The race's prestige was well established by the victories of Jacques Anquetil, but as the 1960s came to a close Anquetil's legacy was built upon by the young Belgian upstart, Eddy Merckx. The 1969 Paris-Nice brought a two-fold mark of the new era, serving as both Merckx's first victory (ahead of Jacques Anquetil in third), but also as the first time that the Col d'Èze hill was used as the race's finale. Merckx would win the final day time trial on Col d'Èze ahead of Raymond Poulidor, but 'Poupou' would gain his revenge in 1972. After a string of three Merckx victories in succession, Poulidor poetically beat Merckx in the final day time trial, securing his first victory at The Race to the Sun. Retaining his title in 1973, Raymond Poulidor was yet another Paris-Nice winner cum Grand Tour champion, with the loveable Frenchman briefly breaking his second-place hoodoo in 1964 by winning La Vuelta a España. Between Paris-Nice's 11th and 20th edition, it was only twice won by a Grand Tour champion, Jacques Anquetil on both occasions. However, as the 1960s developed and the reign of Anquetil merged into the reign of Merckx, Paris-Nice was won by a Grand Tour champion on nine occasions between its 21st and 30th edition. The spell of racing between 1963-1972 established The Race to the Sun as a must-see early-season stage race, affirming its prestige as the largest stage race in cycling (not counting the Grand Tours that is).

As Poulidor's 1973 victory brought about the next decade of Paris-Nice, the prestige of the race only grew further, as seven of the next ten winners were also Grand Tour champions in their careers. Between 1973 and 1982, Poulidor, Stephen Roche and Sean Kelly all won Paris-Nice on one occasion, whilst Joop Zoetemelk won three editions (1974, 1975 and 1979). It is here in our story that Tirreno-Adriatico first comes into prominence. In 1975, Paris-Nice was won by Joop Zoetemelk and had established itself as the greatest stage race on the calendar. That year also brought the 10th edition of Tirreno-Adriatico, won by Roger De Vlaeminck- known to me as Mr. Tirreno-Adriatico. Just as Paris-Nice has Sean Kelly- more on that anon- Tirreno-Adriatico has Roger De Vlaeminck. By 16th March 1977, De Vlaeminck had won six straight editions of Tirreno-Adriatico, four of these victories coming in the race's first ten editions. Although we will touch on De Vlaeminck's Monument successes in a short while, his dominance of the first decade of Tirreno-Adriatico ensured that none of the race's first ten editions were won by a Grand Tour champion. 1978 brought Tirreno-Adriatico its first Grand Tour champion as the overall winner, as Giuseppe Saronni pipped Knut Knudsen to the title. Saronni would go on to win both the 1979 and 1983 editions of the Giro d'Italia. In fact, the second decade of Tirreno-Adriatico would see two wins apiece shared between two Italian rivals. Throughout the late 1970s and early 1980s, Saronni and Francesco Moser would to-and-fro over the Giro d'Italia title, with the two riders vehemently despising each other- the bad blood still exists to this day! They each won two editions of Tirreno-Adriatico, with Joop Zoetemelk joining the pair to make it five Grand Tour winners of the race between 1976-1985.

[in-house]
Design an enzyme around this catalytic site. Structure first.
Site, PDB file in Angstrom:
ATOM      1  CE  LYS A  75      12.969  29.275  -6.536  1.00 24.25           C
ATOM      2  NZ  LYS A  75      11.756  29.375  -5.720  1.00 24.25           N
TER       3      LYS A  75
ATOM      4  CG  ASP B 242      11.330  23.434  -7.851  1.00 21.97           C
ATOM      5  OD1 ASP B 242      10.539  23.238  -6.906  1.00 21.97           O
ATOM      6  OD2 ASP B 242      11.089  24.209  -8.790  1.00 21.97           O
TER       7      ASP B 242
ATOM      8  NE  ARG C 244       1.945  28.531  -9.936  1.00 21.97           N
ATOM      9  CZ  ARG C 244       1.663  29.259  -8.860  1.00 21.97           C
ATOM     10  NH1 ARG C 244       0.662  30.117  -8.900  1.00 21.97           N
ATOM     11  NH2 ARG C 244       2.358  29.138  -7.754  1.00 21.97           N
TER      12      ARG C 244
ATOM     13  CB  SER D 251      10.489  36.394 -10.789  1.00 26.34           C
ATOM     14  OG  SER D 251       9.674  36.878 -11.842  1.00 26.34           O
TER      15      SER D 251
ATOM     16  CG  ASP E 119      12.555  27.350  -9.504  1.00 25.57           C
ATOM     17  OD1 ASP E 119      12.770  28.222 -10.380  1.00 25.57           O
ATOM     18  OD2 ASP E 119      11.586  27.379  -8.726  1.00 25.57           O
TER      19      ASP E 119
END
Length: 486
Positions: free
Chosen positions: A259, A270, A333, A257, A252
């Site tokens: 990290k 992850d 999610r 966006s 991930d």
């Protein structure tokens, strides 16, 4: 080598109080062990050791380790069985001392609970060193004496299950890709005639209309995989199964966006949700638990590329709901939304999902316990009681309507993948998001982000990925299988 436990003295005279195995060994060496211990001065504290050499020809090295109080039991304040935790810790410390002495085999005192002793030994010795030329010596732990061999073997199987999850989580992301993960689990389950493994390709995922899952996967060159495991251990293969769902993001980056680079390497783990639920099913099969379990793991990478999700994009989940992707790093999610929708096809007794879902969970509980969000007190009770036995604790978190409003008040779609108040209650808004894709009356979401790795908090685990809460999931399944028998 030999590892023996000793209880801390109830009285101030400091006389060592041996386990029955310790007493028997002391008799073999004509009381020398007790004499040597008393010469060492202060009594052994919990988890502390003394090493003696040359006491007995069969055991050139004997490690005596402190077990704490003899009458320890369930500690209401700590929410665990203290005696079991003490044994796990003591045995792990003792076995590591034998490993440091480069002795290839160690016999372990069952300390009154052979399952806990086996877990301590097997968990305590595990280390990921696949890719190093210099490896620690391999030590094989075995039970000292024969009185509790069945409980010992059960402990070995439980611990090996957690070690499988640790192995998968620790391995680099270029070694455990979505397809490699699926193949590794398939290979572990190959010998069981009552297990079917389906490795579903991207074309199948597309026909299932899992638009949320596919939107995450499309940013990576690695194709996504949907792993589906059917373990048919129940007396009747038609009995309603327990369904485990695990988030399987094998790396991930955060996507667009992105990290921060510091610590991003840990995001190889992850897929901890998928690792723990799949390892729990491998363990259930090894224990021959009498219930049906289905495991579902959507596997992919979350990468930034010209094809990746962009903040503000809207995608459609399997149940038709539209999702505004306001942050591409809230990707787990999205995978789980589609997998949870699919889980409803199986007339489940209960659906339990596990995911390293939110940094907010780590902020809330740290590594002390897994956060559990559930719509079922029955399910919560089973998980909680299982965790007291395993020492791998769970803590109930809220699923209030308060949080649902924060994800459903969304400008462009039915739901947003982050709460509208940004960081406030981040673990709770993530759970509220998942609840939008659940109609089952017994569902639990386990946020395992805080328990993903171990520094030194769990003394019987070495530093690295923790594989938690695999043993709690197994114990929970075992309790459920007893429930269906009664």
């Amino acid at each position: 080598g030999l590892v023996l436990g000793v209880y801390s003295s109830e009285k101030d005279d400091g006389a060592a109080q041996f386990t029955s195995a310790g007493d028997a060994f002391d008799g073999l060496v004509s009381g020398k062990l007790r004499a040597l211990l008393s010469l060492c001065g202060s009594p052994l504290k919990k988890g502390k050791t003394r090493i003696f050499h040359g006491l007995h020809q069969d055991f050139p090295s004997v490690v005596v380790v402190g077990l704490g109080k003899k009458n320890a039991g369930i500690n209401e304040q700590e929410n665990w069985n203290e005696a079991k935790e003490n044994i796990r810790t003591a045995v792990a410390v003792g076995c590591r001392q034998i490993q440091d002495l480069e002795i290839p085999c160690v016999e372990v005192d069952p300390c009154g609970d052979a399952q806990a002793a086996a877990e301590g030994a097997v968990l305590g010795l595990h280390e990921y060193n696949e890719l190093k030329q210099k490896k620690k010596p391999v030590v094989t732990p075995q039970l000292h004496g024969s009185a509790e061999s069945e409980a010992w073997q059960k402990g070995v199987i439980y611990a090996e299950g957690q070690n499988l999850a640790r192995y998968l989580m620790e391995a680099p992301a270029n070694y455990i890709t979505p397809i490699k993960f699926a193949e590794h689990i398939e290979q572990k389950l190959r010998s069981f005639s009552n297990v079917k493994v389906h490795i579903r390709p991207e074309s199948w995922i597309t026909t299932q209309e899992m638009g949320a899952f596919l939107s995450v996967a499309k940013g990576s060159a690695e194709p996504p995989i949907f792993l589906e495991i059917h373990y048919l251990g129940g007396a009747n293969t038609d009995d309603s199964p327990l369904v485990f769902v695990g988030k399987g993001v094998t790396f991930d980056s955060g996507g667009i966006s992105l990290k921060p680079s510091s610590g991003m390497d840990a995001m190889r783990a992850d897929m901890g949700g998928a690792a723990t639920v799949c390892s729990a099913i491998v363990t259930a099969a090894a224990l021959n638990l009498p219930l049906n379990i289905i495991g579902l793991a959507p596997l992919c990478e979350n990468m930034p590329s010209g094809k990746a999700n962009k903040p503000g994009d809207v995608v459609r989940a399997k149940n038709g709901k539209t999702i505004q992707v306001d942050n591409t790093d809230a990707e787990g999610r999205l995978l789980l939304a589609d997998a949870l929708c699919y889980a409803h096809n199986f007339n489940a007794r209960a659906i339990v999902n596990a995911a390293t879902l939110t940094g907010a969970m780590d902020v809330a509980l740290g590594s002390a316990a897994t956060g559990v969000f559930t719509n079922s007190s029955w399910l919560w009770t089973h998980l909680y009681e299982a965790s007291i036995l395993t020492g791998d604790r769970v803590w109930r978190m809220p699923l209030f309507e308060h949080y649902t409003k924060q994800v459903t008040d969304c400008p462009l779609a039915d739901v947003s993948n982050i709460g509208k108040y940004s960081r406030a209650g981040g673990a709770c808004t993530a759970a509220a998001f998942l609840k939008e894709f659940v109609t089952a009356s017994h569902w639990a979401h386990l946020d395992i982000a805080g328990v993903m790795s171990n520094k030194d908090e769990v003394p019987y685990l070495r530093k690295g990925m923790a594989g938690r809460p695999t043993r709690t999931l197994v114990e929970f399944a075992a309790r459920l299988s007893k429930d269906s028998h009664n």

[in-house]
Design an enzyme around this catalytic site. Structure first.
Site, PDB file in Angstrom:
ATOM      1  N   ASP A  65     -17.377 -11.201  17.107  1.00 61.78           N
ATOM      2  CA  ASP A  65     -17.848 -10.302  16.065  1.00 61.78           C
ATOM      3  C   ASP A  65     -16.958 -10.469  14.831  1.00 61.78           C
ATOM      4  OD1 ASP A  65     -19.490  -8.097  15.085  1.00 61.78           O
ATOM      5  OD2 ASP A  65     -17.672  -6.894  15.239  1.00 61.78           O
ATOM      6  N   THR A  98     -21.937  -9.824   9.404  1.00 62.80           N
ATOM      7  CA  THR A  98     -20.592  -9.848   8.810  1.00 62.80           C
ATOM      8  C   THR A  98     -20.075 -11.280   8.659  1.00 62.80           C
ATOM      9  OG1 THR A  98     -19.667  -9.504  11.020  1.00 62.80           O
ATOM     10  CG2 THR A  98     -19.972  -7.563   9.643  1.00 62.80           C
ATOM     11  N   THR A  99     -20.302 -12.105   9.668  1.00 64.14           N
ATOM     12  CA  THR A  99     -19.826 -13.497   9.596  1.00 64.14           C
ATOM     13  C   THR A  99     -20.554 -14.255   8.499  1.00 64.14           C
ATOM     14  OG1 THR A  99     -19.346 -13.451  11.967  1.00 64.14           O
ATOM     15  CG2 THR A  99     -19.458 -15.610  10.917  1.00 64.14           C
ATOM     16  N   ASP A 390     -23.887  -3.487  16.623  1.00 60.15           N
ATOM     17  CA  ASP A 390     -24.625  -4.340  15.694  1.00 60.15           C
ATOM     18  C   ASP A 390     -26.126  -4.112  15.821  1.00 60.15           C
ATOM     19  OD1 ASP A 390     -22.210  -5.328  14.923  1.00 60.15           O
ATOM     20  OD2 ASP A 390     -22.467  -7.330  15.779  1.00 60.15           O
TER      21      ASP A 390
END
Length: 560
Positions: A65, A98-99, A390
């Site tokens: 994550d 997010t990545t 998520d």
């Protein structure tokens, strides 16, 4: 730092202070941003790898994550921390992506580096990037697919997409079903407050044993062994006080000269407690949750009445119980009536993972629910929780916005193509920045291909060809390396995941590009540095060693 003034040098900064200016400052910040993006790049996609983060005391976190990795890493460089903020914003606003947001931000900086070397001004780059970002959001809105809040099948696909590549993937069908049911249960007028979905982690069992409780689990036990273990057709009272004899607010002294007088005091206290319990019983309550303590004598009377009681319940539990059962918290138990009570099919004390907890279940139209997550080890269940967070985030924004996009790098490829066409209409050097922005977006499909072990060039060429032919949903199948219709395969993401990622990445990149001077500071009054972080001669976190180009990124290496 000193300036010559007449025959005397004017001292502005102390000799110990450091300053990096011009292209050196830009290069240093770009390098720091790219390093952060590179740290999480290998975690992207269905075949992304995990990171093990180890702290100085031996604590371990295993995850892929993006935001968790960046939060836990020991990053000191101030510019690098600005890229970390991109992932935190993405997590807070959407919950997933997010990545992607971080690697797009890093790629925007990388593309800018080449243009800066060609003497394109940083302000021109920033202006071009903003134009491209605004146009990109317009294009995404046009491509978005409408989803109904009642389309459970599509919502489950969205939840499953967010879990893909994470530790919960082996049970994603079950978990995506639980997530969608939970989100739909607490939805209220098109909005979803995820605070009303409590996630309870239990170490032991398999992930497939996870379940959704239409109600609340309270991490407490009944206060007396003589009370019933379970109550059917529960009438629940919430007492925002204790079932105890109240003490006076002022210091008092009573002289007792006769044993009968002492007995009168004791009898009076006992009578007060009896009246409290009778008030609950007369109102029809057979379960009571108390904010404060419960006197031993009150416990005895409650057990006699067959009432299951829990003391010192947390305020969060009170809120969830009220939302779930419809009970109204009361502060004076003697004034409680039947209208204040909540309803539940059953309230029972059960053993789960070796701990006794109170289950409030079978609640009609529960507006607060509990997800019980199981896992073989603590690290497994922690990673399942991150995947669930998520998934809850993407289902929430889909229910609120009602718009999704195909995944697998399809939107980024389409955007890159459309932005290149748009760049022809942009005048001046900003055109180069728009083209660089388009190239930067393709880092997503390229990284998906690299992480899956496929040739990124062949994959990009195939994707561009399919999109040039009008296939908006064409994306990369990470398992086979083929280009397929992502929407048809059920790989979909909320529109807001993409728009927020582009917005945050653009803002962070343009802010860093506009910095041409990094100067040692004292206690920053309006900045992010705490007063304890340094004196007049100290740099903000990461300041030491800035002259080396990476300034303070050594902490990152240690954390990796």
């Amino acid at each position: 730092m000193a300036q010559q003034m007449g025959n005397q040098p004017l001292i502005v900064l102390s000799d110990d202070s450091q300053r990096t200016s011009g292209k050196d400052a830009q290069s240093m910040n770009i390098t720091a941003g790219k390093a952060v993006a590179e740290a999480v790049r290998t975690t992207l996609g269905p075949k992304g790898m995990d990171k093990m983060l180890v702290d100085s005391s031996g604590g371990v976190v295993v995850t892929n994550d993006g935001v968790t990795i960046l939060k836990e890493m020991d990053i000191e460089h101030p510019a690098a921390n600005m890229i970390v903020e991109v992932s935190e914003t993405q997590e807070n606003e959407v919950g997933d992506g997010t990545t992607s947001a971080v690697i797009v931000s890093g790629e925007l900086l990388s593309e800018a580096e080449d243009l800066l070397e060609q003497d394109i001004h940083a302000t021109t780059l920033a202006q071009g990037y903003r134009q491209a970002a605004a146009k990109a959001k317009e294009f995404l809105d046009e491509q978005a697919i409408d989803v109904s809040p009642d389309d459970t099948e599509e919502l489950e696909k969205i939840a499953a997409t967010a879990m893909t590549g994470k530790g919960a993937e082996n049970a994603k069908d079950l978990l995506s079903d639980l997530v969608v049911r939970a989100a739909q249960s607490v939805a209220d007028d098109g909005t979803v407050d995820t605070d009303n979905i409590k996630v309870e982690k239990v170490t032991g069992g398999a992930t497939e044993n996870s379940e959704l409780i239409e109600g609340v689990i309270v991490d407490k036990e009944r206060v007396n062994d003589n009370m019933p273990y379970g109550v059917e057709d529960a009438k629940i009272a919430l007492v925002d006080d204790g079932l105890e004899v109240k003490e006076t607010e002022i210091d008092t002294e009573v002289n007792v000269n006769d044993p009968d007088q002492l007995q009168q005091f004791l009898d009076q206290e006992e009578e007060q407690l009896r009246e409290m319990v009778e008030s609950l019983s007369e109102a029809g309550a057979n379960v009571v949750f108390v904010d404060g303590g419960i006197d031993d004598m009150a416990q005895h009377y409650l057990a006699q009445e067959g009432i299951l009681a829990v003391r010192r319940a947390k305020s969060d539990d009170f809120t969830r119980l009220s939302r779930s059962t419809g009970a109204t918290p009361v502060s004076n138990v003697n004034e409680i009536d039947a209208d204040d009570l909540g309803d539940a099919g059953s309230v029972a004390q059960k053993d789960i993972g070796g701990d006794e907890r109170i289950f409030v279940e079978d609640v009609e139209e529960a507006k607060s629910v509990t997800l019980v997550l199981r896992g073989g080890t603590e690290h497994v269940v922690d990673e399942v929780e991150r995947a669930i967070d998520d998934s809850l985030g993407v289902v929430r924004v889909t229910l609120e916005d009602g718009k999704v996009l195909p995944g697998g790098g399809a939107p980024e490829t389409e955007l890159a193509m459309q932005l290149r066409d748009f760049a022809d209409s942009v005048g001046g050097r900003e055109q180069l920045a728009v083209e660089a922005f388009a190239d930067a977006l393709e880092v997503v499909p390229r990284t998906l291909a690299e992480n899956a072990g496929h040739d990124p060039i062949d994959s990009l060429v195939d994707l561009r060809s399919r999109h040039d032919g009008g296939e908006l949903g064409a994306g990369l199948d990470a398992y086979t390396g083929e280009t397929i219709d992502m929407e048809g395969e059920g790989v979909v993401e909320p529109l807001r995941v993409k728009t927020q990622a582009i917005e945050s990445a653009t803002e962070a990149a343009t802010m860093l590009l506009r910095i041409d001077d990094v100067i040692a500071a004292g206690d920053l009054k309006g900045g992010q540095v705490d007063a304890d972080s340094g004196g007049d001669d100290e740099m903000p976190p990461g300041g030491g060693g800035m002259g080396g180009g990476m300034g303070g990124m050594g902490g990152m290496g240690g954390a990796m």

As the vulnerable country boy in opposition to the urban hegemony of Jacques Anquetil, Raymond Poulidor was beloved the world over. © Keystone-France/Gamma-Rapho via Getty Images